Wood Renaissance: sustainable and certified wood at EXPO 2015
Wood utilized for building up the wood-based pavilions mainly came from sustainable and certified forests in Central-Europe.
Among others, wood is guest star in following pavilions: France (1,570 m3 fir and larch glued-laminated beams (Glulam). Structures: Simonin SAS, France), China (250 m3 Glulam. Structures: Stratex spa, Italy), Angola (Glulam and X-LAM panels. Structures: Wood Beton spa, Italy), Spain (1,000 m3 Glulam and X-LAM panels. Structures: Albertani Corporates spa, Italy), Austria (Glulam and X-LAM panels. Structures: Rasom Wood Technology, Italy), Coca-Cola (250 m3 fir Glulam, 150 m3 X-LAM panels. Structures: LignoAlp Damiani-Holz, Italy), The Tree of Life (120 m3 larch Glulam. Structures: Wood Beton and Albertani Corporates, Italy. Height: 36 m, upper diameter 40 m), as well as various Clusters and service architectures, not to mention Pavilion Zero and Expo Center (45,500 m3 solid wood. Structures: Wolf Haus, Italy).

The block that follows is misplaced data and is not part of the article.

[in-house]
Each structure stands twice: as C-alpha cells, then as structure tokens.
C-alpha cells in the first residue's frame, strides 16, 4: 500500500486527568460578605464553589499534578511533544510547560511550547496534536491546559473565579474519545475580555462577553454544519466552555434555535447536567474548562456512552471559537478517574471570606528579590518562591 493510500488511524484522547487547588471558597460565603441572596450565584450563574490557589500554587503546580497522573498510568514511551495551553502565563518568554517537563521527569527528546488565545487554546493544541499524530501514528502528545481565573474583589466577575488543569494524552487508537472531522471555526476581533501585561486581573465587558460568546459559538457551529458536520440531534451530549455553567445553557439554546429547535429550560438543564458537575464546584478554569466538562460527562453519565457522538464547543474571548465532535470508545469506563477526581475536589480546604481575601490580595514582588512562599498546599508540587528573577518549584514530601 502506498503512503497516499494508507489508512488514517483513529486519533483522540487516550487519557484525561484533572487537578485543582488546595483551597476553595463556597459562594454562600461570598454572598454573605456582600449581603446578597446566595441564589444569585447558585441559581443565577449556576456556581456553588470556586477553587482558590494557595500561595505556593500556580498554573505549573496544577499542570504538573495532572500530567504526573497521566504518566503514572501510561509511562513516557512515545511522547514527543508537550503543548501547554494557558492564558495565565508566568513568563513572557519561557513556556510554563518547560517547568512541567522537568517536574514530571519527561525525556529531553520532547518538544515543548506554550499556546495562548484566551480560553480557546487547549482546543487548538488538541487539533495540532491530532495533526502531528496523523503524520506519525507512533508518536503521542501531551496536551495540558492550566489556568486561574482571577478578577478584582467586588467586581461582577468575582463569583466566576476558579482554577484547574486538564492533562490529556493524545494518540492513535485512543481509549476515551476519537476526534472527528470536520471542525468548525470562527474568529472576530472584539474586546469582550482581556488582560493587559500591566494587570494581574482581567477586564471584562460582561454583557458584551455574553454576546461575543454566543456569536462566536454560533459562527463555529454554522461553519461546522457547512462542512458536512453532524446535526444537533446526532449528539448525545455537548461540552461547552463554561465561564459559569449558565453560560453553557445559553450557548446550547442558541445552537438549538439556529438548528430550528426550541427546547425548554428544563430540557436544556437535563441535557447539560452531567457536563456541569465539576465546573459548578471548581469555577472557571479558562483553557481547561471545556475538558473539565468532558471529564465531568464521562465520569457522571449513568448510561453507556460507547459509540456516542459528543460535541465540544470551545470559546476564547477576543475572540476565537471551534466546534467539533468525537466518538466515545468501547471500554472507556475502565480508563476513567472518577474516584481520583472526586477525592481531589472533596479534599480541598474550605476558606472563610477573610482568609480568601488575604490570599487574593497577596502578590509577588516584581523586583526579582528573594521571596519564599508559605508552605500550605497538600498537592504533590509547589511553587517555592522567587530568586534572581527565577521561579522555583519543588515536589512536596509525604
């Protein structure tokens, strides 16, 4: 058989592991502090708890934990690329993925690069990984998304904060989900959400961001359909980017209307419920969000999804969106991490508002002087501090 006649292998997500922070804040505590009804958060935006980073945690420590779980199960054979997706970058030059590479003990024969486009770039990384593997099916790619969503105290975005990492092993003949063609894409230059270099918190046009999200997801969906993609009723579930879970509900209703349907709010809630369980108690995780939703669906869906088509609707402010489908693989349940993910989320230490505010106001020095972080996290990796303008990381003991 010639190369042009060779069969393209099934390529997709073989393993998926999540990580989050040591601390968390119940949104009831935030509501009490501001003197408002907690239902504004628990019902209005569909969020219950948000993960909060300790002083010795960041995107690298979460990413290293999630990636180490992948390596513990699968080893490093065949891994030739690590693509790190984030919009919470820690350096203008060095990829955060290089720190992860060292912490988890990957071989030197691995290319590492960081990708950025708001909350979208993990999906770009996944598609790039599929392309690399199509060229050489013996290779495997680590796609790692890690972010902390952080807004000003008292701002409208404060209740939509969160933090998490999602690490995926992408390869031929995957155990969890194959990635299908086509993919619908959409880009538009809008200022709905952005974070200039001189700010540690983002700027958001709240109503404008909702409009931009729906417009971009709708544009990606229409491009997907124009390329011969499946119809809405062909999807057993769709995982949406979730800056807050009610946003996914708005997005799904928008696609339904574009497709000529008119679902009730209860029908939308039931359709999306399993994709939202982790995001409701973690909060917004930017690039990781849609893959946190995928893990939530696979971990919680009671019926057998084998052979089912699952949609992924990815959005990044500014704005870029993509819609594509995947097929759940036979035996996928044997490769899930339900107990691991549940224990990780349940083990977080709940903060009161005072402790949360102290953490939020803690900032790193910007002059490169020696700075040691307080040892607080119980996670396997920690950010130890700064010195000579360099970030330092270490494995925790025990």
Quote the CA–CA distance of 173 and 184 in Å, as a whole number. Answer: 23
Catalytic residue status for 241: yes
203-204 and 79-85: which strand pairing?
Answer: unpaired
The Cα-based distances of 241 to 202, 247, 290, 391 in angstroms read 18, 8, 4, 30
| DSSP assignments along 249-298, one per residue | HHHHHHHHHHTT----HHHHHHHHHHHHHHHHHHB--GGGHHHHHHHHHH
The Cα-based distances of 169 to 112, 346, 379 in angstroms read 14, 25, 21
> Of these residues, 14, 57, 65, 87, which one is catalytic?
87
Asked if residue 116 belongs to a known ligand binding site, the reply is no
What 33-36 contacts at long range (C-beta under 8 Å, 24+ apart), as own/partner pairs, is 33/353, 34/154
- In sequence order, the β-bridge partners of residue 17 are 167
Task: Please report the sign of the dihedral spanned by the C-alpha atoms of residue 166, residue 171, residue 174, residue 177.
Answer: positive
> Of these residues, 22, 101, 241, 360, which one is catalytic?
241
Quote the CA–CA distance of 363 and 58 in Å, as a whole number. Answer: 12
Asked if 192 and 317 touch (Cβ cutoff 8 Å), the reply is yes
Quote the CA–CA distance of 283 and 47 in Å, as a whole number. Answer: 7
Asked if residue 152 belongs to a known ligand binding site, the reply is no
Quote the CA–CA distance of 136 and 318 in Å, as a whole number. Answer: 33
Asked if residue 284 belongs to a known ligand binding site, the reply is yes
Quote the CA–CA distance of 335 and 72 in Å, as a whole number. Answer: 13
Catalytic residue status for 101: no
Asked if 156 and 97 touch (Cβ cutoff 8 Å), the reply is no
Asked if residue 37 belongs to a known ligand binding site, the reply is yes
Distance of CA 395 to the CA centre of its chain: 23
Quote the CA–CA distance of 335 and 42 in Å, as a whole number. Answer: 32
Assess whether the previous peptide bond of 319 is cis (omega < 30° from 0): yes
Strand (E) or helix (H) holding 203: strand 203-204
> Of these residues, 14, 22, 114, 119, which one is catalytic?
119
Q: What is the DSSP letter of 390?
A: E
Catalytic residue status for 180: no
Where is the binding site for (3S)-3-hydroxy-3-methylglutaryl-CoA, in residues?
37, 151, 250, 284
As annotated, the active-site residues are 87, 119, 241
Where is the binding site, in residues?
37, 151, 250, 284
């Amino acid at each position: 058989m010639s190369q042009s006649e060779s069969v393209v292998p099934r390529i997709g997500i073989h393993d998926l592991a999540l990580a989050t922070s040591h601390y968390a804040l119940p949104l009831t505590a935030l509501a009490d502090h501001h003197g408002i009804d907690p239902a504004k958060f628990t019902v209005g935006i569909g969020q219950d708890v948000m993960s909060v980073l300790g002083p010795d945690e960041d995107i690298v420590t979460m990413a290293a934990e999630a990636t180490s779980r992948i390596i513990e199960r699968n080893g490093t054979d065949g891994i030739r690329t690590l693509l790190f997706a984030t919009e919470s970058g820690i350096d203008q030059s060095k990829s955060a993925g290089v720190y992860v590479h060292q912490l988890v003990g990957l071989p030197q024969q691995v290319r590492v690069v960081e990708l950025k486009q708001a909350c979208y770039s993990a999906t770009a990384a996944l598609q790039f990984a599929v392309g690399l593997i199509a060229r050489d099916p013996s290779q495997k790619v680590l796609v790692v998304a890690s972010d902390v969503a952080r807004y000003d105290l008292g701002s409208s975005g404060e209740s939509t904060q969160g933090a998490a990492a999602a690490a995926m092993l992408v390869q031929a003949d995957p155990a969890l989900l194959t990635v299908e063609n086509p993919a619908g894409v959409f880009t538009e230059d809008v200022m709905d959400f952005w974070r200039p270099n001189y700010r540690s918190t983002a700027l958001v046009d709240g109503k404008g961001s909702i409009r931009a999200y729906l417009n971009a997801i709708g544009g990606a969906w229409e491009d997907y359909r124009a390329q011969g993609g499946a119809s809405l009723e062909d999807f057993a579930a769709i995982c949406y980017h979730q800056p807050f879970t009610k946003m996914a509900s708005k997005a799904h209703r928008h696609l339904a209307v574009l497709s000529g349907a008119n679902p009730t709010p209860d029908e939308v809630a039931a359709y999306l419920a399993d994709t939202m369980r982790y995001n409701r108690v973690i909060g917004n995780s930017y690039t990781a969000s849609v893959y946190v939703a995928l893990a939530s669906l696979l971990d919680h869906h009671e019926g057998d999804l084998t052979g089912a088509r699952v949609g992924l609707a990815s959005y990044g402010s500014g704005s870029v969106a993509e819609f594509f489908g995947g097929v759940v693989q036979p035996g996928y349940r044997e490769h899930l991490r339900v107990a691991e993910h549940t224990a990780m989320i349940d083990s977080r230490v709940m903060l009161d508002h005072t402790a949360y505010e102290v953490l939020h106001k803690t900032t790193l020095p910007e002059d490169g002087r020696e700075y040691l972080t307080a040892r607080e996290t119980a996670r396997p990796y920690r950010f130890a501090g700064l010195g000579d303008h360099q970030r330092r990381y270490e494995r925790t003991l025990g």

Having been utilized both for structural use and for flooring and wall covering, as well as a smart decorative element and for the beautification of pavilions, wood proved to be extraordinary versatile.
The Austrian company Egger supplied lightweight boards, laminated flooring and other innovative products for the German pavilion. The Italian company Galloppini Legnami created a wooden artwork for the Japanese pavilion with a high decorative impact.
The same is true for other countries’ pavilions like Azerbaijan, Belgium, Chile (made of ‘pinus radiata’ local softwood), Estonia, Ireland, Malaysia, Russia, Romania, Slovakia, Slovenia, Thailand, where wood architectures stay definitely in the foreground.
THE TREE OF LIFE
At the beginning of the project, the main structure of the Tree of Life should have been made of steel, with wooden elements utilized as pure decorative coverings (some 500,000 kg of steel and 100m3 of glulam were expected to be used). Further to a depth revision of the initial project, Ing. Spatti of Wood Beton spa modified the structural study in a way, that the central, upper and lower parts of the tree have been built using structural wood (larch glulam from Siberia and Switzerland), without directly sustaining steel elements. This solution allowed saving about 350,000 kg of steel with an increase of just 20 m3 of wood. 36 m heigh, the Tree of Life rises in the middle of Lake Arena, a large water basin capable to host some 20,000 people and symbolizes Mother Nature’s roots, growth and life energy.